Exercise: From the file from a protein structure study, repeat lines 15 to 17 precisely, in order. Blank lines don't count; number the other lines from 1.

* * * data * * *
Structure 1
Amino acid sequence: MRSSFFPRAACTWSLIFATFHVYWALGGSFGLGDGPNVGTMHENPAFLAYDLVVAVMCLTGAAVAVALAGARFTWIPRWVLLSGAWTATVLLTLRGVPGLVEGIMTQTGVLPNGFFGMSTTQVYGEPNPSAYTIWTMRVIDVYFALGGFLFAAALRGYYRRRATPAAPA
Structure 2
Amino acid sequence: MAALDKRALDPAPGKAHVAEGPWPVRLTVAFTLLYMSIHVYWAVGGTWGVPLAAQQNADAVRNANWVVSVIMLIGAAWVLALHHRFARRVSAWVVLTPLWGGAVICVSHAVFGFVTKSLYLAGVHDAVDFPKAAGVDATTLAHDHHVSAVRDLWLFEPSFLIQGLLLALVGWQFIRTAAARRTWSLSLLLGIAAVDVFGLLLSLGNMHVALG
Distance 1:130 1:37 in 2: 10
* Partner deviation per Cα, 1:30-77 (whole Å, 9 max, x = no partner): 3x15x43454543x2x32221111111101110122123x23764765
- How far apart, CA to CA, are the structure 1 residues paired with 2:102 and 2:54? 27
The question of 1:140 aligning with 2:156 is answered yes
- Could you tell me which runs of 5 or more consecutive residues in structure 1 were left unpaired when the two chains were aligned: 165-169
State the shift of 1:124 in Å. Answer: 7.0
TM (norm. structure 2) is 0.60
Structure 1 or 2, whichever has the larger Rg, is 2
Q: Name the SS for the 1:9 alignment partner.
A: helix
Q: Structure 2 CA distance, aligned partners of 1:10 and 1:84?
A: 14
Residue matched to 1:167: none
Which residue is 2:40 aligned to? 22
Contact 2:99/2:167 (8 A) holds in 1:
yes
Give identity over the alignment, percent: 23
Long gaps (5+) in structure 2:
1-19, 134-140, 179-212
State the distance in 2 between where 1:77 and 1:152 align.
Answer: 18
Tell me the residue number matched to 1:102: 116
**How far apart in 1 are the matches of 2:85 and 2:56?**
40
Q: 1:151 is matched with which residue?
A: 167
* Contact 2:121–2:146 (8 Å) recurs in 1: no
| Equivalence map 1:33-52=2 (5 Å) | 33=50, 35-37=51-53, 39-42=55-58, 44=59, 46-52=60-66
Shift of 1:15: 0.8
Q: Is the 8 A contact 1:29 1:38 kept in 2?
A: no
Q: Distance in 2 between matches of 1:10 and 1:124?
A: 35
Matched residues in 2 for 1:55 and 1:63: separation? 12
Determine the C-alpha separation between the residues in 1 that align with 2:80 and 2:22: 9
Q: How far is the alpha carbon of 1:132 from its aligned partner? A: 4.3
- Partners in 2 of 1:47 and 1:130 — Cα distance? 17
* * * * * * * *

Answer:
Q: Structure 2 CA distance, aligned partners of 1:10 and 1:84?
A: 14
Residue matched to 1:167: none